Figure 1. This a typical shoreface profile, with examples of fossilized wave ripple structures both in upper and lower shoreface sequences.

Figure 2. A schematic model of how the fault-bounded depocenters are filled by axial hyperpycnal flows in the Oilbird Field.

Core photograph plate. A. Thin bed, clay clast conglomerate within a massive to laminated, fine grained sandstone, interbedded with organic-rich silty laminations. B. Parallel laminated fine grained sandstones and hummocky cross stratification towards the top. C. Massive fine grained sandstones are usually associated with parallel laminated, fine grained sandstones. These are most frequency facies in the field. D. Presence of oscillatory ripples towards the top opf the photograph, interbedded with thinly laminated carbonaceous rich siltstones and very fine grained sandstones. Very scarce bioturbation is found along the core. E. Heterolithic facies that consists of thinly laminated carbonaceous rich siltstones and very fine grained sandstones interbedded with parallel and ripple laminated, very fine grained sandstones. F. Massive, fine grained sandstones underlain by thinly laminated, carbonaceous rich, siltstones and very fine grained sandstones. No bioturbation effect is observed.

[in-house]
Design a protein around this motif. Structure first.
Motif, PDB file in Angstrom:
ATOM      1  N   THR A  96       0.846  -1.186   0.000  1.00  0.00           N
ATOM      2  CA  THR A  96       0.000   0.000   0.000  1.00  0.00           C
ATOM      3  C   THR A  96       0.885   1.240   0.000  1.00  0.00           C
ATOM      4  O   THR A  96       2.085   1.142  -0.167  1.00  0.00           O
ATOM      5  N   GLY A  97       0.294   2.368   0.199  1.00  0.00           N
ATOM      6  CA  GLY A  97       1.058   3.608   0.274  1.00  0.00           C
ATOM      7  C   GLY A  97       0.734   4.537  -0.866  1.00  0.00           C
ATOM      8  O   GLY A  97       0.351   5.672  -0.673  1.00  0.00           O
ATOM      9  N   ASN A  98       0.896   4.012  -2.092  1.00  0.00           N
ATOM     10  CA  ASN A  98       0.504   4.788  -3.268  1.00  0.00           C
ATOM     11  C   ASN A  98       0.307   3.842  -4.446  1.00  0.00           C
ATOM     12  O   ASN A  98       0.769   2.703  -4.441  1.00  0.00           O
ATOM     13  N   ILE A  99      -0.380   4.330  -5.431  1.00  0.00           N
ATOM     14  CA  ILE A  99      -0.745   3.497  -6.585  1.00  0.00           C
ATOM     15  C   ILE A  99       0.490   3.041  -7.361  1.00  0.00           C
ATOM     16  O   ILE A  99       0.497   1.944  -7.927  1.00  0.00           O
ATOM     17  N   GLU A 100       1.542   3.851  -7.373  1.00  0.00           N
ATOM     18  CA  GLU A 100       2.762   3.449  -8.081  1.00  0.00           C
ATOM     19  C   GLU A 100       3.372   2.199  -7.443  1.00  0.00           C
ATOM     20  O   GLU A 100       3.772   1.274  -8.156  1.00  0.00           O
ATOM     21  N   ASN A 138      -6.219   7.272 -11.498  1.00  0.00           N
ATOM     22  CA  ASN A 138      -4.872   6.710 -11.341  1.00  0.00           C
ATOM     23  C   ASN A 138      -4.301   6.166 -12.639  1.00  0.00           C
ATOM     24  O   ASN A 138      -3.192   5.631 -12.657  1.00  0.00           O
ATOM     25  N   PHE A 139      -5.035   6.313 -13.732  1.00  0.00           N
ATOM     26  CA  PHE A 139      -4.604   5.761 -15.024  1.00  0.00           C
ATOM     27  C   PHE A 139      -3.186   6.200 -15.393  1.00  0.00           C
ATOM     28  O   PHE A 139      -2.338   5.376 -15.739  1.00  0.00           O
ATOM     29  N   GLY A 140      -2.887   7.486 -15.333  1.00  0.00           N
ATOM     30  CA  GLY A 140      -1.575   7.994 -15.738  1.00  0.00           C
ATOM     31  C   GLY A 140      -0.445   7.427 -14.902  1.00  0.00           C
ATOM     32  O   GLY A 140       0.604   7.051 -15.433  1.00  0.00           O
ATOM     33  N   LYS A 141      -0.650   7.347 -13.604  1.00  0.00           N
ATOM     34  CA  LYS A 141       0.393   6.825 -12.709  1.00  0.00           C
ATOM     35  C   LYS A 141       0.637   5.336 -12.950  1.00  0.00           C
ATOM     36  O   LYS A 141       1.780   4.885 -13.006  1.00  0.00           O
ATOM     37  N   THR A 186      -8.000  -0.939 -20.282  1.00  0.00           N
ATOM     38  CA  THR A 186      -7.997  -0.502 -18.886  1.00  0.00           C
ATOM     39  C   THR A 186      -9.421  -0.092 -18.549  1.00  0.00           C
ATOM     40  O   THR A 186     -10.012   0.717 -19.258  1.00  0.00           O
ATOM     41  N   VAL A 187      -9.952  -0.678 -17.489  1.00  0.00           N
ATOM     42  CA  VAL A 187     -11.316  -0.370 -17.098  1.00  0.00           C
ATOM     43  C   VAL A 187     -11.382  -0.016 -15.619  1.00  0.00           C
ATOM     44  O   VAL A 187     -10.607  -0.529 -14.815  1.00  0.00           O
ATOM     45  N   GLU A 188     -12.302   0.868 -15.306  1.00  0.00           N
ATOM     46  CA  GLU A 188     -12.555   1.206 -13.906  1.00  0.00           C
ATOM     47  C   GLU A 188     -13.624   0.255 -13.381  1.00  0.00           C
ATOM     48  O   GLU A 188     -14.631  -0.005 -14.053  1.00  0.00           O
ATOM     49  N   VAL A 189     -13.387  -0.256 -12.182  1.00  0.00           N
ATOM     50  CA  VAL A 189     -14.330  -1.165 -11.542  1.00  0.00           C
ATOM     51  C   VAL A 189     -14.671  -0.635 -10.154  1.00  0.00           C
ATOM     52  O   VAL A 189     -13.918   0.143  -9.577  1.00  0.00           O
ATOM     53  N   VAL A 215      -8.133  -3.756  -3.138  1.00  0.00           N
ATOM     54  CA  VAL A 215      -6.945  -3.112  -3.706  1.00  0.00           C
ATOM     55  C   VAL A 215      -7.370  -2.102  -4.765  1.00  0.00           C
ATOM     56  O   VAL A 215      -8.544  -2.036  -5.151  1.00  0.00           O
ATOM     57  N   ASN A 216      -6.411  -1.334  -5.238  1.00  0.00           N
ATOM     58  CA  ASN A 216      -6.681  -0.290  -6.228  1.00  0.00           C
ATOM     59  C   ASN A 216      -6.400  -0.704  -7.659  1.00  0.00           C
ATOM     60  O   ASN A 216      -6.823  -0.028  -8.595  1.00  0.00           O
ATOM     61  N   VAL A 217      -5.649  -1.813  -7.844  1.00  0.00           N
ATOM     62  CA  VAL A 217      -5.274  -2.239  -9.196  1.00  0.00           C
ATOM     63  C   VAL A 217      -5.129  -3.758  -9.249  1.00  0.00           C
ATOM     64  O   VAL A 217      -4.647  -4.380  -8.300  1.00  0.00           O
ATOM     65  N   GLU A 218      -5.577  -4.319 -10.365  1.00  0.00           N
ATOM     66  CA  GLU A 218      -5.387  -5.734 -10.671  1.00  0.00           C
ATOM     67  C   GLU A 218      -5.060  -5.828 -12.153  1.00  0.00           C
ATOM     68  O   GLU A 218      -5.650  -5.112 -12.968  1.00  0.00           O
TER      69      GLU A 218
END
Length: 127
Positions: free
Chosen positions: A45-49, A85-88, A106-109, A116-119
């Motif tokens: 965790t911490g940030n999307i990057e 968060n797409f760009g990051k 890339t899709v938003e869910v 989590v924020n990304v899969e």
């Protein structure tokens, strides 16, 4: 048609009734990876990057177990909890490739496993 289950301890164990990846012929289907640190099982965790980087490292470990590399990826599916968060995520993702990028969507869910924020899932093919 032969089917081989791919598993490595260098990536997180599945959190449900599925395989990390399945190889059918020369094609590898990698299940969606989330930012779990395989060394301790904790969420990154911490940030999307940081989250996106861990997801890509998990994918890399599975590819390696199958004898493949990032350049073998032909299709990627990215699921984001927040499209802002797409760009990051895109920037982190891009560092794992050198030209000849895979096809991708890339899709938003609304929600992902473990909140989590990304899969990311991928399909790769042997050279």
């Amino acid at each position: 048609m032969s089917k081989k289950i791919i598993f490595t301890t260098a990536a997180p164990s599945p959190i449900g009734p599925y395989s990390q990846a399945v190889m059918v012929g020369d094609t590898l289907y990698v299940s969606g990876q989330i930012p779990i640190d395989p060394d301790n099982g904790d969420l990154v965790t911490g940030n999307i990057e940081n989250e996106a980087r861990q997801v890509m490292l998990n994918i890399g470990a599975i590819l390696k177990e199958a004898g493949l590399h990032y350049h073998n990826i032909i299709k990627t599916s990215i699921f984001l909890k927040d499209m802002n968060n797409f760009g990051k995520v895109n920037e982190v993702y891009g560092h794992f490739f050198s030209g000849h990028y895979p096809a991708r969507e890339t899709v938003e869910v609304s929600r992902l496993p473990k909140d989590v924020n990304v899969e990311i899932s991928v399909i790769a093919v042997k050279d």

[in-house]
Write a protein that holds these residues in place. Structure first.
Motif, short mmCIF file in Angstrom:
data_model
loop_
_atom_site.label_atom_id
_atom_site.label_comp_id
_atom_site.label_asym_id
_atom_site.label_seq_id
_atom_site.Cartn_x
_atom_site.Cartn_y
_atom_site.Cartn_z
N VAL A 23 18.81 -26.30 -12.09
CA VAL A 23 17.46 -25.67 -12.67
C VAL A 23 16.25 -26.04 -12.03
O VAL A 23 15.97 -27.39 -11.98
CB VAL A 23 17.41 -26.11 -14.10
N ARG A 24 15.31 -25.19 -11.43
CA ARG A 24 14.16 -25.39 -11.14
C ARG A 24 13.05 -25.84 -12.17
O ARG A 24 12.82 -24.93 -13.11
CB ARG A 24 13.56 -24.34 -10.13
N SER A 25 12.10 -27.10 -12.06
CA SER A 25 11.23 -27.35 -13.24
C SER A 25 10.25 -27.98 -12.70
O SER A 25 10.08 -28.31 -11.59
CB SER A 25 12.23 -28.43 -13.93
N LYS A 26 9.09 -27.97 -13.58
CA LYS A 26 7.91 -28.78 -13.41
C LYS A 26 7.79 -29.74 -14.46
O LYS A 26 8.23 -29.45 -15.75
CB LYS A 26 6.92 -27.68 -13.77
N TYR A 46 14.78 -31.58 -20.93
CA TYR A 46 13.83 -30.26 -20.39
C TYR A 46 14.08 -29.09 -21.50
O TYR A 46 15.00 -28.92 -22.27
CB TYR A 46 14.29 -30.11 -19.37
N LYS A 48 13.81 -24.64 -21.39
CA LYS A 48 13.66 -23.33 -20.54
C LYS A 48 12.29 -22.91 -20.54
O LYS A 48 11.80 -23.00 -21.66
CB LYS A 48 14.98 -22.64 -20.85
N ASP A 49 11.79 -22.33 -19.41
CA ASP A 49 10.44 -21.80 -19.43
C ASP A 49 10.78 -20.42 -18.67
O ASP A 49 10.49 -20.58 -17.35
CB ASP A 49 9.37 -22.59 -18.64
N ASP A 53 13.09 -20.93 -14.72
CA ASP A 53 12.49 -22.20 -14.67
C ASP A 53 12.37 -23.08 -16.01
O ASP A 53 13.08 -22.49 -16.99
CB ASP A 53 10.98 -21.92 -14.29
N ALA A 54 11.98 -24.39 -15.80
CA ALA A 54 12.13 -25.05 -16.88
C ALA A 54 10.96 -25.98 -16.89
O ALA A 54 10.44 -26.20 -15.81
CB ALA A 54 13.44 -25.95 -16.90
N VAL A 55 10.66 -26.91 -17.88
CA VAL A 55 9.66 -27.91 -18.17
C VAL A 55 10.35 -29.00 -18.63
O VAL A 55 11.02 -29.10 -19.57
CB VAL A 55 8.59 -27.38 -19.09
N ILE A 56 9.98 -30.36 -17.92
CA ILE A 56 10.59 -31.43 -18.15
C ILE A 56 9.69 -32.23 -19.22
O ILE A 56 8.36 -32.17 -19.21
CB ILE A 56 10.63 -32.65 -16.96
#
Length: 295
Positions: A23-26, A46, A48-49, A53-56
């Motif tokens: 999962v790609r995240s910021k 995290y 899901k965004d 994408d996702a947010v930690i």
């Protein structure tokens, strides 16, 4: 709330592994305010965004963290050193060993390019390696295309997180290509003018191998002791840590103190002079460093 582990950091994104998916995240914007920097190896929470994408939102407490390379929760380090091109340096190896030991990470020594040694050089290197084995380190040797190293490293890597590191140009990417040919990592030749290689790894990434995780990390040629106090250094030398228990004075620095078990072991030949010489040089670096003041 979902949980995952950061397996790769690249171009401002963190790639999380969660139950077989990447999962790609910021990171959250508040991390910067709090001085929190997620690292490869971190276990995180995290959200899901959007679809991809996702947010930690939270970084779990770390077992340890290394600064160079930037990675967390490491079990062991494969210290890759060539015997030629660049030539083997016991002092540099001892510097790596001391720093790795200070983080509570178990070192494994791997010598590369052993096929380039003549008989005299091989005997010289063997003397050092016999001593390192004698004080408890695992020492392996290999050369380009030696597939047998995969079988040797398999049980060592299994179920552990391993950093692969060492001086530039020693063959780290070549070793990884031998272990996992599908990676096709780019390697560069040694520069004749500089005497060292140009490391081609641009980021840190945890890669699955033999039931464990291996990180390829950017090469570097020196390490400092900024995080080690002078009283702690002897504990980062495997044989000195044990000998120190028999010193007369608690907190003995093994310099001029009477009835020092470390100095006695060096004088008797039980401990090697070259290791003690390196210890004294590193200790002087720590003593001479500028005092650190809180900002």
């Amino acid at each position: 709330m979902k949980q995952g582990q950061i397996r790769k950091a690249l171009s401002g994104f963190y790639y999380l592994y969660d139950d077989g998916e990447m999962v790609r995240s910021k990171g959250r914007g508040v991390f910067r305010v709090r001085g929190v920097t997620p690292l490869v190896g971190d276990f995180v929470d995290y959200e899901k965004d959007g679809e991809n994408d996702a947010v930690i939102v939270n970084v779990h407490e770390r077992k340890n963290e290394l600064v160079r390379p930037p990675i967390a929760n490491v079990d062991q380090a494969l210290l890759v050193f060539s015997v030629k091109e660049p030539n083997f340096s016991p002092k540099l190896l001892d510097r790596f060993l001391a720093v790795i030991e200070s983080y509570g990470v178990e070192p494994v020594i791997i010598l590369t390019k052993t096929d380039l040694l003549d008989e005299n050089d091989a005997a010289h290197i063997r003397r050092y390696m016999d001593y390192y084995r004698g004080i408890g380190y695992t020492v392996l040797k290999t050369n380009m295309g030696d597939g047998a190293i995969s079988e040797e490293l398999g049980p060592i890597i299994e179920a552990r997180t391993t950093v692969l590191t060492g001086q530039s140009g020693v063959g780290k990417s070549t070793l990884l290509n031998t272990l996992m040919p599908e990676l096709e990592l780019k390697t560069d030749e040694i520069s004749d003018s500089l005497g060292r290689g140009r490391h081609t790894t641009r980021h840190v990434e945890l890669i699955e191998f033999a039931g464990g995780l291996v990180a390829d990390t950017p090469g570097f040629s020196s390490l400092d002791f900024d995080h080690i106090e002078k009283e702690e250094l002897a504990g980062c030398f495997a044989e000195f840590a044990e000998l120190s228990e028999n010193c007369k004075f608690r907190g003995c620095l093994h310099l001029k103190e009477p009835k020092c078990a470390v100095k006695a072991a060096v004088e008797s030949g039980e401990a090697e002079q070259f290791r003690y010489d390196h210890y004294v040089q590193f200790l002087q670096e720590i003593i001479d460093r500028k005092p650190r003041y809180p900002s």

AAPG Search and Discovery Article #90079©2008 AAPG Hedberg Conference, Ushuaia-Patagonia, Argentina